Despite the fact that CBD cannot be legally sold in the U.S. as a dietary supplement, many CBD products are available. These include oils and capsules sold as supplements and CBC waters sold as foods. In February 2016, the U.S. FDA issued warning letters to eight companies selling products containing cannabidiol. The FDA also published the amounts of CBD, THC and other cannabis compounds it found in these products and those tested in 2015 (click here and select the year to view). Many products did not contain the levels of CBD they claimed. The FDA cautions that "Consumers should beware purchasing and using any such products." Most products contained very small concentrations of CBD — similar to what is normally found in hemp oil (about 0.0025% CBD) while others contained very large concentrations (25% to 35% CBD) yielding doses similar to those used in clinical trials (typically 200 mg or more per day).
In terms of total Disability-adjusted life years (DALYs), which is an estimate of how many years of life are lost due to premature death or to being in a state of poor health and disability, mental disorders rank amongst the most disabling conditions. Unipolar (also known as Major) depressive disorder is the third leading cause of disability worldwide, of any condition mental or physical, accounting for 65.5 million years lost. The total DALY does not necessarily indicate what is the most individually disabling because it also depends on how common a condition is; for example, schizophrenia is found to be the most individually disabling mental disorder on average but is less common. Alcohol-use disorders are also high in the overall list, responsible for 23.7 million DALYs globally, while other drug-use disorders accounted for 8.4 million. Schizophrenia causes a total loss of 16.8 million DALY, and bipolar disorder 14.4 million. Panic disorder leads to 7 million years lost, obsessive-compulsive disorder 5.1, primary insomnia 3.6, and post-traumatic stress disorder 3.5 million DALYs.[51]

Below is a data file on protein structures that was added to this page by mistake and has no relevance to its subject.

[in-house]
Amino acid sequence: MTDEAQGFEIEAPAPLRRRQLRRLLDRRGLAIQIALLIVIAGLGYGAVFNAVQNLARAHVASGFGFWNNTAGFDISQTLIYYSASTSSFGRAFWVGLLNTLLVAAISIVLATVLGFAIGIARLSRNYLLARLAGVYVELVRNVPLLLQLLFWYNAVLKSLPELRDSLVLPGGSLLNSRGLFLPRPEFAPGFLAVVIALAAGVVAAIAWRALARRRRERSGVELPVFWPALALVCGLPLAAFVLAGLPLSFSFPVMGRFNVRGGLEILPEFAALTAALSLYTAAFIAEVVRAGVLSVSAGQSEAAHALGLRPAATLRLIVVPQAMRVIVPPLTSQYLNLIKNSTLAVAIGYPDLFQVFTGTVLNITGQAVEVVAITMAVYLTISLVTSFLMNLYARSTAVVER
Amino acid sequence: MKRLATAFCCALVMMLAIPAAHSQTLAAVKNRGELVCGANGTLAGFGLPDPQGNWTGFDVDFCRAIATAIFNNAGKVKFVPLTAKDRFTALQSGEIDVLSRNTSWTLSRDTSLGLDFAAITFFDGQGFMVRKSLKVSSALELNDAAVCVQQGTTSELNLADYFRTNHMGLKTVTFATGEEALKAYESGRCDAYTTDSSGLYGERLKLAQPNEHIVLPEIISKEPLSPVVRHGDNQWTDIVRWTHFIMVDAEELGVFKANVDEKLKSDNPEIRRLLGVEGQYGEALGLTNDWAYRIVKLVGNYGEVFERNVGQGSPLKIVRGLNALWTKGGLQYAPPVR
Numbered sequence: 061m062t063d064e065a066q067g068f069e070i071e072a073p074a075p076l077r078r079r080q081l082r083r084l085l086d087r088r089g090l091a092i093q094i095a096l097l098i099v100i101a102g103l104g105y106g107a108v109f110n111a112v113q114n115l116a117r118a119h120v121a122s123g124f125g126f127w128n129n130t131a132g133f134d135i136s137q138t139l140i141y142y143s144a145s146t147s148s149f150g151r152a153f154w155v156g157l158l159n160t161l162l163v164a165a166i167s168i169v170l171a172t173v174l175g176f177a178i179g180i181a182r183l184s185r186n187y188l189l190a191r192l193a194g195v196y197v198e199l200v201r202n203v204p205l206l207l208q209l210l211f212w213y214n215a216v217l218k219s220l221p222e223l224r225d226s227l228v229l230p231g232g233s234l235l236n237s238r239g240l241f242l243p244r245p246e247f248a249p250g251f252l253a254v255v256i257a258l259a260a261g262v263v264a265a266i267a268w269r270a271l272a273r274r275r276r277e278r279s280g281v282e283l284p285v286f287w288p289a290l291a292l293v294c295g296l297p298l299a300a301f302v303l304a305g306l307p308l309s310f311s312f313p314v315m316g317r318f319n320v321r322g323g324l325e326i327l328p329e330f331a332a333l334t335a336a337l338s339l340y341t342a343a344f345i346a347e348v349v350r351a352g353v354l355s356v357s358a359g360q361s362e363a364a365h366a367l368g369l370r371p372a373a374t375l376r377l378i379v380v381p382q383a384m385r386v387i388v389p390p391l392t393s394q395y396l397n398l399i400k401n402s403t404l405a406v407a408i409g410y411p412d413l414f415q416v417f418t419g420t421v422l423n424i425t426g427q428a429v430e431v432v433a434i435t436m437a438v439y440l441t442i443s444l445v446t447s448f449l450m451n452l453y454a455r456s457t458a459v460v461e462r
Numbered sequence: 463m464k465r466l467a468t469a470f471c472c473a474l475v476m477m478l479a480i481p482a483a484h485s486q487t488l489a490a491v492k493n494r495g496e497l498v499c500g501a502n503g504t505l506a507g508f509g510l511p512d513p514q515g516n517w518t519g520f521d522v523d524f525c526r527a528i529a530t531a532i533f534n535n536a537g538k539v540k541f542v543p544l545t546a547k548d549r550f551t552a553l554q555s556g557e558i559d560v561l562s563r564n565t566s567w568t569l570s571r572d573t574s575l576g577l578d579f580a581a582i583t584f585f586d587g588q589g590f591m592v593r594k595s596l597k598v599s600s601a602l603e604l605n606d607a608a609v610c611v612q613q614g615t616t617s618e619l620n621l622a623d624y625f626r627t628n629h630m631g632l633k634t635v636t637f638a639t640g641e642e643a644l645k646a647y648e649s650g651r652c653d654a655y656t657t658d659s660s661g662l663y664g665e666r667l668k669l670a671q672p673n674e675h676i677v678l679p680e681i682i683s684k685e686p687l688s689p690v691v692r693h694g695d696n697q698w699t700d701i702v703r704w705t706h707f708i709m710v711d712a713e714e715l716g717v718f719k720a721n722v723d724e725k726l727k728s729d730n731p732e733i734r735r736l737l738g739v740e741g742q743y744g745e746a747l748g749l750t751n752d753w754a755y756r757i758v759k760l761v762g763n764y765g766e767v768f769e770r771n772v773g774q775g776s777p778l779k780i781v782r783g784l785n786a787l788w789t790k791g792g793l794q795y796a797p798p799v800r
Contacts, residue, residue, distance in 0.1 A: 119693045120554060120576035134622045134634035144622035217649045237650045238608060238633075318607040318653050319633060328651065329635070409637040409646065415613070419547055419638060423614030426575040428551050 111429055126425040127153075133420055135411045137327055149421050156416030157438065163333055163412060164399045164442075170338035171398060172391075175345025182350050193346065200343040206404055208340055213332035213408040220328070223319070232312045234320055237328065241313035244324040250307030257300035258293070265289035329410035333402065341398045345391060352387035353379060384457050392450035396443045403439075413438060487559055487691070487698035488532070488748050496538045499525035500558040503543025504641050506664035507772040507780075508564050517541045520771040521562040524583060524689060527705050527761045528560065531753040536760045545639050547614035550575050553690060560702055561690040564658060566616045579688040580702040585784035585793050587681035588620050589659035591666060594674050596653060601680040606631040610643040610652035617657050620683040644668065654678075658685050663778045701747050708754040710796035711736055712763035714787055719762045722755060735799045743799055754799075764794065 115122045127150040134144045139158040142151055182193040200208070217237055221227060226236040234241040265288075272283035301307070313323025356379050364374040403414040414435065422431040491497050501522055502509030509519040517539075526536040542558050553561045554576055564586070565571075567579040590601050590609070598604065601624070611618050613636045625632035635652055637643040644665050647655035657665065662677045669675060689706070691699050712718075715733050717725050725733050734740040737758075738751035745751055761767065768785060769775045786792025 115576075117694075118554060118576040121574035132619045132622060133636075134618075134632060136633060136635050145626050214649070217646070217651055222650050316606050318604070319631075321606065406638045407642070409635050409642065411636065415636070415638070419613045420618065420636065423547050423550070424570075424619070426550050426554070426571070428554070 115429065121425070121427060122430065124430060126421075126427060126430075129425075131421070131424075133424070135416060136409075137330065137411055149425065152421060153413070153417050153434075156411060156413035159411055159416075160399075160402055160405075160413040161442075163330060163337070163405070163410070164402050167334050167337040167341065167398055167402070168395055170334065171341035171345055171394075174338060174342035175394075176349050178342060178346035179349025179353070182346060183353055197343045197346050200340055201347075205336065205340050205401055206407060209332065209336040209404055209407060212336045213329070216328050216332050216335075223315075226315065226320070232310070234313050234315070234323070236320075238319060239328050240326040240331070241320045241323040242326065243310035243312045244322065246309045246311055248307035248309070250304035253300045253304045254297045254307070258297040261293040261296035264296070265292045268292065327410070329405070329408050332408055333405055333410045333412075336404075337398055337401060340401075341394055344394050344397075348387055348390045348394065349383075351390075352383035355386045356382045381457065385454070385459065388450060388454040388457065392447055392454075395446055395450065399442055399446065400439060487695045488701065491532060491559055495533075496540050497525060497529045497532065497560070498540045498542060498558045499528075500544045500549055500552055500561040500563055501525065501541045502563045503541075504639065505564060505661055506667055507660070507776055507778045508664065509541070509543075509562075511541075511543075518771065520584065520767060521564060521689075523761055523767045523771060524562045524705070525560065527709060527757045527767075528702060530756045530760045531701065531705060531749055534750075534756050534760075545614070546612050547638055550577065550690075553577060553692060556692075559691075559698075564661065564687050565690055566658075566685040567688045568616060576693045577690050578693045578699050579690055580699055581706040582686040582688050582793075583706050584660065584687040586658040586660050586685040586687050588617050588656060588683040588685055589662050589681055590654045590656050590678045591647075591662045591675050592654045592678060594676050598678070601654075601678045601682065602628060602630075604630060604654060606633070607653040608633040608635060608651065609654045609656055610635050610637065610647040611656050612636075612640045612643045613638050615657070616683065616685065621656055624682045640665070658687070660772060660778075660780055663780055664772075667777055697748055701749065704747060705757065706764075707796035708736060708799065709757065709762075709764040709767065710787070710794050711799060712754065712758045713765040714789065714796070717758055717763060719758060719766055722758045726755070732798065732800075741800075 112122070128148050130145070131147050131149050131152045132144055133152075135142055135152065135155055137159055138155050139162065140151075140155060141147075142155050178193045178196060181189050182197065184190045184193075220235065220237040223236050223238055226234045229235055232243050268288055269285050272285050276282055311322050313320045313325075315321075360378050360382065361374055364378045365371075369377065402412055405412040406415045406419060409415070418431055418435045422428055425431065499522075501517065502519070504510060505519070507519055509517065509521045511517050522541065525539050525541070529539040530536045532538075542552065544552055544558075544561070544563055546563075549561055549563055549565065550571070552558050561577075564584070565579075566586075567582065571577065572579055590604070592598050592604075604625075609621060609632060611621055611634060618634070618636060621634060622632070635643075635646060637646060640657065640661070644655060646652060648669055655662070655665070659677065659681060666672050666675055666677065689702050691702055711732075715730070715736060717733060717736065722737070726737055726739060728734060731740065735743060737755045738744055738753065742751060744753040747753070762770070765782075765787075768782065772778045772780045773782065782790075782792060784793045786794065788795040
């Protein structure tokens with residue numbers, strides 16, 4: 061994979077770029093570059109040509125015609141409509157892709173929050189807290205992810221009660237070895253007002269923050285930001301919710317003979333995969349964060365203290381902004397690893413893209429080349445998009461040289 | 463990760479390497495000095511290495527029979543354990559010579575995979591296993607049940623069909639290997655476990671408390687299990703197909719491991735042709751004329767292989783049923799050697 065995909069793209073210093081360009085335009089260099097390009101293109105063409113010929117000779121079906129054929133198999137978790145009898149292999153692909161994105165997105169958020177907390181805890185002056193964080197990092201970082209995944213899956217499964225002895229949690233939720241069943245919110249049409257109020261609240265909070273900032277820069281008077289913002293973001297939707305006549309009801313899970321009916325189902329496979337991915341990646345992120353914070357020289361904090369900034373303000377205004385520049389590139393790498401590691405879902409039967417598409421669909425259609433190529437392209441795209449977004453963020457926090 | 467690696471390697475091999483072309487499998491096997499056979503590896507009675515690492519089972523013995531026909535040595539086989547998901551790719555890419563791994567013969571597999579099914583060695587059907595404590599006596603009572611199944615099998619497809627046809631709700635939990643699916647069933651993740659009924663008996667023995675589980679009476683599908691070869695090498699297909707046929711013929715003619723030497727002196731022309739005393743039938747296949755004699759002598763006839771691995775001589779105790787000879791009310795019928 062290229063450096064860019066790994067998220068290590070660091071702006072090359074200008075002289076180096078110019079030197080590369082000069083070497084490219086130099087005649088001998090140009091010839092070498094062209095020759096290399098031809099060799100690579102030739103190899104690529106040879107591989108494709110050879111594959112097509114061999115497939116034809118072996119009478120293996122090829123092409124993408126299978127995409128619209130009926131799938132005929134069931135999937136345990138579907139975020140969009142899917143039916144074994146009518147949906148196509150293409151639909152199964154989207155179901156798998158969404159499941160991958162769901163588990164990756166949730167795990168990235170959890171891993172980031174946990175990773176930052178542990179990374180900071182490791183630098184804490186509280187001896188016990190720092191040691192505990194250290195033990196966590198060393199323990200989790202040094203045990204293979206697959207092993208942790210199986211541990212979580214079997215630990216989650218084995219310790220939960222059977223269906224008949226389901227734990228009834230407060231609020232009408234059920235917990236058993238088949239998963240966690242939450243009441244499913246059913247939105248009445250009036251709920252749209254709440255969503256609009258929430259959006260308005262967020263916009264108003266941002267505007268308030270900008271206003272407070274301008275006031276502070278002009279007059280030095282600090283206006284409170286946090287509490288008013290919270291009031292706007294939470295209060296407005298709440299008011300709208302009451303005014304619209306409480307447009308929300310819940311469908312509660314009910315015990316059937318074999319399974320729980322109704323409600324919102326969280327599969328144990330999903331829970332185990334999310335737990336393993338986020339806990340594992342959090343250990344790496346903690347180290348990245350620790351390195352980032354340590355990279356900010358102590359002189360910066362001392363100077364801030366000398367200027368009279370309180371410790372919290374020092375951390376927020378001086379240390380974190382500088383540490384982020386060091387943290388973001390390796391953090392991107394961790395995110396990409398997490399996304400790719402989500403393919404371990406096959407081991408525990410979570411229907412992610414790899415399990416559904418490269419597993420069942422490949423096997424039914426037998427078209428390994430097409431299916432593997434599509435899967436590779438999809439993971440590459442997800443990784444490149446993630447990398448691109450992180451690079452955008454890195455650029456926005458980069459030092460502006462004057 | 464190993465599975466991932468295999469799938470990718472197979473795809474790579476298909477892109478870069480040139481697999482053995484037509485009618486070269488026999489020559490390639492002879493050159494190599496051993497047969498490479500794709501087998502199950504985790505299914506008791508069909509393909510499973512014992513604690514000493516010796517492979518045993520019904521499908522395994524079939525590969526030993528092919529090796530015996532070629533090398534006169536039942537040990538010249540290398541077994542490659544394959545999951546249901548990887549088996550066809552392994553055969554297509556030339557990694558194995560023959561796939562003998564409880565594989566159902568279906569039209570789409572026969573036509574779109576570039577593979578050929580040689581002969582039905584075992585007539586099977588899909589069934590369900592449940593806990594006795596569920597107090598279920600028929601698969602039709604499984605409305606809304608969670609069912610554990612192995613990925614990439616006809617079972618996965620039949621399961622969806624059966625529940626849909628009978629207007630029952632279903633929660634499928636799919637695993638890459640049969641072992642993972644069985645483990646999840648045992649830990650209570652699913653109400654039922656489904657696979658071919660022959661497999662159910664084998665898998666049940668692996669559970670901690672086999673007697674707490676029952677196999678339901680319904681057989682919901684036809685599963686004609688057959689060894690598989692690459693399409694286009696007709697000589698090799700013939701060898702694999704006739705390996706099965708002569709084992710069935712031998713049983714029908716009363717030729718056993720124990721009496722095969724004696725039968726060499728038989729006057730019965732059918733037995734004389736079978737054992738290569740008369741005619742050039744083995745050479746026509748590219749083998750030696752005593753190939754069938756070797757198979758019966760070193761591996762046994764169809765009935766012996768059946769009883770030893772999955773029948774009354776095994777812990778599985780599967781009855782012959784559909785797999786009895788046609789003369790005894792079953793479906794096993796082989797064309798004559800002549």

Conceptions of madness in the Middle Ages in Christian Europe were a mixture of the divine, diabolical, magical and humoral and transcendental.[125] In the early modern period, some people with mental disorders may have been victims of the witch-hunts. While not every witch and sorcerer accused were mentally ill, all mentally ill were considered to be witches or sorcerers.[126] At the turn of the 16th and 17th centuries, the mentally ill were increasingly admitted to local workhouses, jails and private madhouses by social justice advocates such as Dorothea Dix.[127] Many terms for mental disorder that found their way into everyday use first became popular in the 16th and 17th centuries.